Why Republicans Will Always Lose, by Douglas Adams

Reading the much-talked-about GOP “autopsy” today, trying to put together some impromptu thoughts about it for a Senate District meeting tonight, I find myself reminded of a passage from Douglas Adams’ novel Life, The Universe, and Everything.  Slartibartfast, a hapless hero, is trying to explain to his allies, the even more hapless Ford Prefect and Arthur Dent, that the universe is going to be destroyed by a fanatic army of unstoppable robots, and that they must move quickly in order to prevent the end of the universe.  Ford replies:

“No,” said Ford firmly. “We must go to the party in order to drink a lot and dance with girls.”

“But haven’t you understood everything I …?”

“Yes,” said Ford, with a sudden and unexpected fierceness, “I’ve understood it all perfectly well. That’s why I want to have as many drinks and dance with as many girls as possible while there are still any left. If everything you’ve shown us is true…”

“True? Of course it’s true.”

“…then we don’t stand a whelk’s chance in a supernova.”

“A what?” said Arthur sharply again. He had been following the conversation doggedly up to this point, and was keen not to lose the thread now.

“A whelk’s chance in a supernova,” repeated Ford without losing momentum. “The…”

“What’s a whelk got to do with a supernova?” said Arthur.

“It doesn’t,” said Ford levelly, “stand a chance in one.”

He paused to see if the matter was now cleared up. The freshly puzzled looks clambering across Arthur’s face told him that it wasn’t.

“A supernova,” said Ford as quickly and as clearly as he could, “is a star which explodes at almost half the speed of light and burns with the brightness of a billion suns and then collapses as a super-heavy neutron star. It’s a star which burns up other stars, got it? Nothing stands a chance in a supernova.”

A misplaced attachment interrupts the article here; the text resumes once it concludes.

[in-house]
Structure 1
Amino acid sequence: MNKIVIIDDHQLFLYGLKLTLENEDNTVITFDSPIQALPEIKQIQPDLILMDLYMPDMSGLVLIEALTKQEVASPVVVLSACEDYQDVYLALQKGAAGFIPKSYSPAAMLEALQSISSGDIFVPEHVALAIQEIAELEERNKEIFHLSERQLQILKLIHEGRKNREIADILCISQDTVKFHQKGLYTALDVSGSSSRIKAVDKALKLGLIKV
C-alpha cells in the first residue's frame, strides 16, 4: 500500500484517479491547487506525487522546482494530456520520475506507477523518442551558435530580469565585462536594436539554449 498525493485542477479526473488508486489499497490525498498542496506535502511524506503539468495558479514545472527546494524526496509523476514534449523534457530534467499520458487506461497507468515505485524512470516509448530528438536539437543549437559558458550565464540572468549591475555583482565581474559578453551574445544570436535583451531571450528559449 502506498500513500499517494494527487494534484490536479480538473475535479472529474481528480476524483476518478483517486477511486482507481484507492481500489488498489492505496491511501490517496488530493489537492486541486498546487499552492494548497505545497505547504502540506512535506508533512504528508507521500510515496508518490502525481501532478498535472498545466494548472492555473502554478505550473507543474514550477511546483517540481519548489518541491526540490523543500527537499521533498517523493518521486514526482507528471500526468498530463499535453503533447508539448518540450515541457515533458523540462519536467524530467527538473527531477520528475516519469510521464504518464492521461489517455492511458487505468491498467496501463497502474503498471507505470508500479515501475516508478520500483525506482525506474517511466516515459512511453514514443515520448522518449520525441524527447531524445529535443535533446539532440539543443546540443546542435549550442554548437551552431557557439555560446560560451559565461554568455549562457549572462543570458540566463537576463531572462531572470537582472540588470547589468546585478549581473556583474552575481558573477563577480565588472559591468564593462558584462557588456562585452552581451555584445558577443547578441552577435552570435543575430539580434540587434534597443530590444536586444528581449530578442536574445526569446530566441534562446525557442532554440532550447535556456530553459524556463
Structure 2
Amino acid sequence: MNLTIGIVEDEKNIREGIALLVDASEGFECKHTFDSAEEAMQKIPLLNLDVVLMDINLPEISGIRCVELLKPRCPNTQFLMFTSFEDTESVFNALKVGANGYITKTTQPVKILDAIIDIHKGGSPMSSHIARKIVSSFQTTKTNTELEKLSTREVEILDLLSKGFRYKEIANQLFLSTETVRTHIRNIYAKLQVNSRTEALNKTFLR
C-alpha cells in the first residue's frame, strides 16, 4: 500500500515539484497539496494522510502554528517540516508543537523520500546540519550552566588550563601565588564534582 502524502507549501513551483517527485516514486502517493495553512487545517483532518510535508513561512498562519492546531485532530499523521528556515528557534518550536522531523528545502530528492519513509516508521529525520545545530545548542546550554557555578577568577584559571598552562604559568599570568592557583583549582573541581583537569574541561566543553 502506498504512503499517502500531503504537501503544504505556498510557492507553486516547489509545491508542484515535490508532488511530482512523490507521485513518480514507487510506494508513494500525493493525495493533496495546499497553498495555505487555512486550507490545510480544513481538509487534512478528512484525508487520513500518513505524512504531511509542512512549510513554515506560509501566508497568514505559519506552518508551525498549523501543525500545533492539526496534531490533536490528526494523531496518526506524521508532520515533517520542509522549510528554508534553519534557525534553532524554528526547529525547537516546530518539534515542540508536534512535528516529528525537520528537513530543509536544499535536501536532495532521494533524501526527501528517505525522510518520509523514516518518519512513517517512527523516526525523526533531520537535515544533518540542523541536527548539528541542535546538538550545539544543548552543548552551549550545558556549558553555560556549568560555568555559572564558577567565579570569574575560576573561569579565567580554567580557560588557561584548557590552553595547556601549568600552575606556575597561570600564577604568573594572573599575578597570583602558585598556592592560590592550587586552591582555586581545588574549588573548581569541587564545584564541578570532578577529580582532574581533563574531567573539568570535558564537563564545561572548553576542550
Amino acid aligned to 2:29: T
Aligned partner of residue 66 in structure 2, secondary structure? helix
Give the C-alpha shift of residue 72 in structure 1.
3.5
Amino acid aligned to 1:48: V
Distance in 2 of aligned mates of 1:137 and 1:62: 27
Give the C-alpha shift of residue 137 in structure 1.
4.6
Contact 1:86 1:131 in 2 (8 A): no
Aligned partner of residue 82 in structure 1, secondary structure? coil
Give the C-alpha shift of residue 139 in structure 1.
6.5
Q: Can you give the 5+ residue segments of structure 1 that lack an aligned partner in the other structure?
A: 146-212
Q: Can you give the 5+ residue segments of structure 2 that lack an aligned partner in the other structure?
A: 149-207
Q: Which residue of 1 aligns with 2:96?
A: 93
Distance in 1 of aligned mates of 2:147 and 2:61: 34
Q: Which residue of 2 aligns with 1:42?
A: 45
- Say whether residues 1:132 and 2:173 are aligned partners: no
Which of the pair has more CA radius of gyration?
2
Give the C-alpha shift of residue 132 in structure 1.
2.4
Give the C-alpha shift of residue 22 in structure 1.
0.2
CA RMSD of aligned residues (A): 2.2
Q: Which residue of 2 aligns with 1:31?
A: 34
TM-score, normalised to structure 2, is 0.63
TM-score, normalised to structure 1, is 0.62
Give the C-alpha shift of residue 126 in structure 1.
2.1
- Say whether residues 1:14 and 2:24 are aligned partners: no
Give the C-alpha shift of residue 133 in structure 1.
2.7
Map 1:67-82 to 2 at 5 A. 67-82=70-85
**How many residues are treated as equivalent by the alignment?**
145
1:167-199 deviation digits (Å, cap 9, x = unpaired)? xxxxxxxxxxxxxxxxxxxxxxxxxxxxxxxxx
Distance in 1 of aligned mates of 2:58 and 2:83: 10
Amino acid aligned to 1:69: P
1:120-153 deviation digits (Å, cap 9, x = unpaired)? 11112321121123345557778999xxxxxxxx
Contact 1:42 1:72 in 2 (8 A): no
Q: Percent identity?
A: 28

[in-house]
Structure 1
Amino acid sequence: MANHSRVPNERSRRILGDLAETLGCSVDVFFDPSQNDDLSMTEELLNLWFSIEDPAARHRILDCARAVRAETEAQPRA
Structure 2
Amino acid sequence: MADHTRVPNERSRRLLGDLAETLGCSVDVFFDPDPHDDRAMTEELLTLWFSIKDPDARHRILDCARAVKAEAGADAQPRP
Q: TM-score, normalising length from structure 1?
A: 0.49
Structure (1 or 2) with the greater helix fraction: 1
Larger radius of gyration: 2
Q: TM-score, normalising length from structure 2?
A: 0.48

“I see,” said Arthur.


“So why a whelk particularly?”

“Why not a whelk? Doesn’t matter.”

Arthur accepted this, and Ford continued, picking up his early fierce momentum as best he could.

“The point is,” he said, “that people like you and me, Slartibartfast, and Arthur — particularly and especially Arthur — are just dilletantes, eccentrics, layabouts, fartarounds, if you like.”

Slartibartfast frowned, partly in puzzlement and partly in umbrage. He started to speak.

“— …” is as far as he got.

“We’re not obsessed by anything, you see,” insisted Ford.


“And that’s the deciding factor. We can’t win against obsession. They care, we don’t. They win.”

“I care about lots of things,” said Slartibartfast, his voice trembling partly with annoyance, but partly also with uncertainty.

“Such as?”

“Well,” said the old man, “life, the Universe. Everything, really. Fjords.”

“Would you die for them?”

“Fjords?” blinked Slartibartfast in surprise. “No.”

“Well then.”

“Wouldn’t see the point, to be honest.”

“And I still can’t see the connection,” said Arthur, “with whelks.”

Ford could feel the conversation slipping out of his control, and refused to be sidetracked by anything at this point.